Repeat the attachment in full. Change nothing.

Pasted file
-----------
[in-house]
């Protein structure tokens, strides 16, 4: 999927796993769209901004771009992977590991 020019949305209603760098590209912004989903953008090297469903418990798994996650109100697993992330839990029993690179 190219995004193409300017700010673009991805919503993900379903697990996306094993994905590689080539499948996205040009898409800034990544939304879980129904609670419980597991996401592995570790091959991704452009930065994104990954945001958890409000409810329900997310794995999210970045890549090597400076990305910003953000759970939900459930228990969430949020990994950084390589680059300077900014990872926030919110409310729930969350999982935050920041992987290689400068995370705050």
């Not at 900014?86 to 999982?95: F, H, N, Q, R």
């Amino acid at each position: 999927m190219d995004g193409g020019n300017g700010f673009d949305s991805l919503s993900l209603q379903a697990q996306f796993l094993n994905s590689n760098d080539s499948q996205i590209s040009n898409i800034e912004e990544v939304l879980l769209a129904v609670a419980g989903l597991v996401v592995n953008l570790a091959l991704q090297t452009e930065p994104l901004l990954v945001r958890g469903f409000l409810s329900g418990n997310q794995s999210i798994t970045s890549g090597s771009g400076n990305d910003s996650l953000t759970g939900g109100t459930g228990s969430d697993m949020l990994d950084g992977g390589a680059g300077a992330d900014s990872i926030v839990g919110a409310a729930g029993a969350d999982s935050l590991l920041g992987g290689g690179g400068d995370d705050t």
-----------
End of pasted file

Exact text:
[in-house]
């Protein structure tokens, strides 16, 4: 999927796993769209901004771009992977590991 020019949305209603760098590209912004989903953008090297469903418990798994996650109100697993992330839990029993690179 190219995004193409300017700010673009991805919503993900379903697990996306094993994905590689080539499948996205040009898409800034990544939304879980129904609670419980597991996401592995570790091959991704452009930065994104990954945001958890409000409810329900997310794995999210970045890549090597400076990305910003953000759970939900459930228990969430949020990994950084390589680059300077900014990872926030919110409310729930969350999982935050920041992987290689400068995370705050």
């Not at 900014?86 to 999982?95: F, H, N, Q, R």
């Amino acid at each position: 999927m190219d995004g193409g020019n300017g700010f673009d949305s991805l919503s993900l209603q379903a697990q996306f796993l094993n994905s590689n760098d080539s499948q996205i590209s040009n898409i800034e912004e990544v939304l879980l769209a129904v609670a419980g989903l597991v996401v592995n953008l570790a091959l991704q090297t452009e930065p994104l901004l990954v945001r958890g469903f409000l409810s329900g418990n997310q794995s999210i798994t970045s890549g090597s771009g400076n990305d910003s996650l953000t759970g939900g109100t459930g228990s969430d697993m949020l990994d950084g992977g390589a680059g300077a992330d900014s990872i926030v839990g919110a409310a729930g029993a969350d999982s935050l590991l920041g992987g290689g690179g400068d995370d705050t």